Tailor, we got a tailor in our
midst, then you know how you grade
patterns, take a 10 and make it a 16?
With miniatures you're just grading the pattern downwards.
Folks, the reason why it is good to make a full body with your figures
is you can measure them out for clay clothing. If the hills and
valleys of the human body are there no matter what you drape over it
you'll have instant sculpting.
I just don't know why this has not taken off as a clay thing in the
mini world. Hanging hankies are just clay fabric samples on display.
What are some of the patterns you can get with cane slices pressed to
a background sheet? Well check it out,
Make the body head to toe, give it the hills and valleys it needs.
With arms and legs in the extended position you "dress" your figure
with raw clay sheets, pressed thin, cut like a tailor would do. The
sleeves on a sculpted figure is no different than the sleeve of a full
sized person, it's a matter of scale.
What I'm endeavoring to do with demos like the Leopard Spot Jacket
is to show that standard tailoring tricks of cutting patterns but
doing it with clay sheets. What the nifty and hippity ho thing that's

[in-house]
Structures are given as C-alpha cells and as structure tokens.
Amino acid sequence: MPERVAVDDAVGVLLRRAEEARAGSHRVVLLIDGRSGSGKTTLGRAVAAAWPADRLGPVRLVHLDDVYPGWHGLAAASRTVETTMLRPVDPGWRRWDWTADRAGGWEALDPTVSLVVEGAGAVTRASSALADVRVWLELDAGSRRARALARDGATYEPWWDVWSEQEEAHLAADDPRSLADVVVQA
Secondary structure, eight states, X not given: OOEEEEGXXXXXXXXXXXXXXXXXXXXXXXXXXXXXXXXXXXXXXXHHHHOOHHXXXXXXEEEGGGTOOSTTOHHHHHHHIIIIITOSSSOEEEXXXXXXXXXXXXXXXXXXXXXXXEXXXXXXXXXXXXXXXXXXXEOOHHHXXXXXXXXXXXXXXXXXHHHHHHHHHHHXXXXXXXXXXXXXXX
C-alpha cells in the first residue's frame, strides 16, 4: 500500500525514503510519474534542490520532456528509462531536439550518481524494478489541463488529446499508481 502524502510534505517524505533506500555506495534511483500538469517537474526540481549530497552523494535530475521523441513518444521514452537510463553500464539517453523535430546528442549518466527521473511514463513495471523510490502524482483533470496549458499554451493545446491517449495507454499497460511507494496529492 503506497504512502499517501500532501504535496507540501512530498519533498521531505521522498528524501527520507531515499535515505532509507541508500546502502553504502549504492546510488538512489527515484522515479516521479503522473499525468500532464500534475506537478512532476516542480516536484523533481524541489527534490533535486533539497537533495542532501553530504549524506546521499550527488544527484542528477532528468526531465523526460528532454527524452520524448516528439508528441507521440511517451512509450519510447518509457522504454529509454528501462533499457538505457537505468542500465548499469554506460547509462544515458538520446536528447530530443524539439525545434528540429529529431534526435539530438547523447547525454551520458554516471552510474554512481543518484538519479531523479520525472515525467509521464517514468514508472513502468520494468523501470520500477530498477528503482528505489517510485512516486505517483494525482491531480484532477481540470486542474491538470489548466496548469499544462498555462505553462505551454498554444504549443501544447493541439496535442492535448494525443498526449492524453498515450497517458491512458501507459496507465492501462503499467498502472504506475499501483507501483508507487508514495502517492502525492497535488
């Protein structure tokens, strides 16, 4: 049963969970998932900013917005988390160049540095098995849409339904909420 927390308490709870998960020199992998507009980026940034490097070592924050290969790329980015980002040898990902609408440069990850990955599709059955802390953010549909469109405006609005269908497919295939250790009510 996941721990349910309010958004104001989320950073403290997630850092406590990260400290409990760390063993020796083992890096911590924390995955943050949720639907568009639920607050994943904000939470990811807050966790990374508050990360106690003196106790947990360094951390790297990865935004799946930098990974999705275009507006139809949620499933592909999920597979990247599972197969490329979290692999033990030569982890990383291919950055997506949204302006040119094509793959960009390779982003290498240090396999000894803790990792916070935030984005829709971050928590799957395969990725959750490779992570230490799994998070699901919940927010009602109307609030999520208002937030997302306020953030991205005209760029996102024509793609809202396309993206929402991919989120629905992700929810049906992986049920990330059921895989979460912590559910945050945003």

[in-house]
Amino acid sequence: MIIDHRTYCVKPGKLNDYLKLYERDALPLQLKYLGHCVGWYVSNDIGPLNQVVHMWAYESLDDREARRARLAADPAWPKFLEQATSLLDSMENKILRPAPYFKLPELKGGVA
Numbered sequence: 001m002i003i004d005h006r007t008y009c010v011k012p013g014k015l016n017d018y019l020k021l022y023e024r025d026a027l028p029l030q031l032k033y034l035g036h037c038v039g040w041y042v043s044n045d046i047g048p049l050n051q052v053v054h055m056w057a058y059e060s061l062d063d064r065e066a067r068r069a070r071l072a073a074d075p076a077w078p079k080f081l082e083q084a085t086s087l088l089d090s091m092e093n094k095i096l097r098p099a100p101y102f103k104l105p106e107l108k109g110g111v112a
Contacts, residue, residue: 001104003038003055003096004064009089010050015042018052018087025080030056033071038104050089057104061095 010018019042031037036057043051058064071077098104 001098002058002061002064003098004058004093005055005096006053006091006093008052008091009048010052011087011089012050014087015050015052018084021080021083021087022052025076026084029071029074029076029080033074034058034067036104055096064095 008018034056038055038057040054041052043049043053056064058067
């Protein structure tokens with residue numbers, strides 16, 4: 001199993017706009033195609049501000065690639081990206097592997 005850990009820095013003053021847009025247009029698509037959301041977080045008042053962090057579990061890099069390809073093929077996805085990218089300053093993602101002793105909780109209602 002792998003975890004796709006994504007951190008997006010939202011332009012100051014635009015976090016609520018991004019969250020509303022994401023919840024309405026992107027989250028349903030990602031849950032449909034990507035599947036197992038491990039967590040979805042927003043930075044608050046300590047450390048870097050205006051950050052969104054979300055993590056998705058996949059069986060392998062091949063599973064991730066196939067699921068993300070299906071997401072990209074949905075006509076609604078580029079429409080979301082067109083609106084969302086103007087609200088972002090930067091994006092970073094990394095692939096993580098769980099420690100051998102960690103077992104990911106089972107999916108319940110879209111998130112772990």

going on with pattern making and clay is WE DO NOT HAVE TO SEW. We
don't even have to GLUE.
Figures ready for scenes can be done in a day. From aluminum foil
armature, covering with skin clay, sculpting a face, dressing with raw
clay sheets... THEN pose the figure. You can do it. In any size you
want using the Easy Breezy figure making techniques.
I clothed Lex-Doll-1 in a morning, ok? It went quicker than doing
these little jackets on hangers. Invest a little time learning the
basics of measuring bodies and pattern making. You'll not only be able
to quickly clothe your figures you'll be able to measure full sized
folks and make stuff for them too. Patterns are just patterns with
tailoring, size is relative. And being Japanese my relatives are
short. Sorry, old joke.
Even if you didn't know how to measure a figure, sculpted or life
size, you can drape rectangles on your figures and still get away with
it. Most folk costumes are rectangles. Looms are narrow and nothing is
cut away. Kimonos are an example of rectangles used in folks costume
and continuing on a Japanese Theme... I should add that to the Japan
Nursing Mommy is dressed in rectangles and sheet scraps
Can't forget the Madonna and Child in the Emu Egg, her outfit was left
over trim, his blanket was the hoarded last bit of an ammonite run.
Having been a tailor and my leaning was more towards historical
theatrical sewing, like the Ren Faire and such all, coming into clay
is just a delight because dressing my clay figures was such immediate
gratification. Posing after dressing, keeping the clay body flexible,
is one of my favorite brain farts. But we'll natter about that in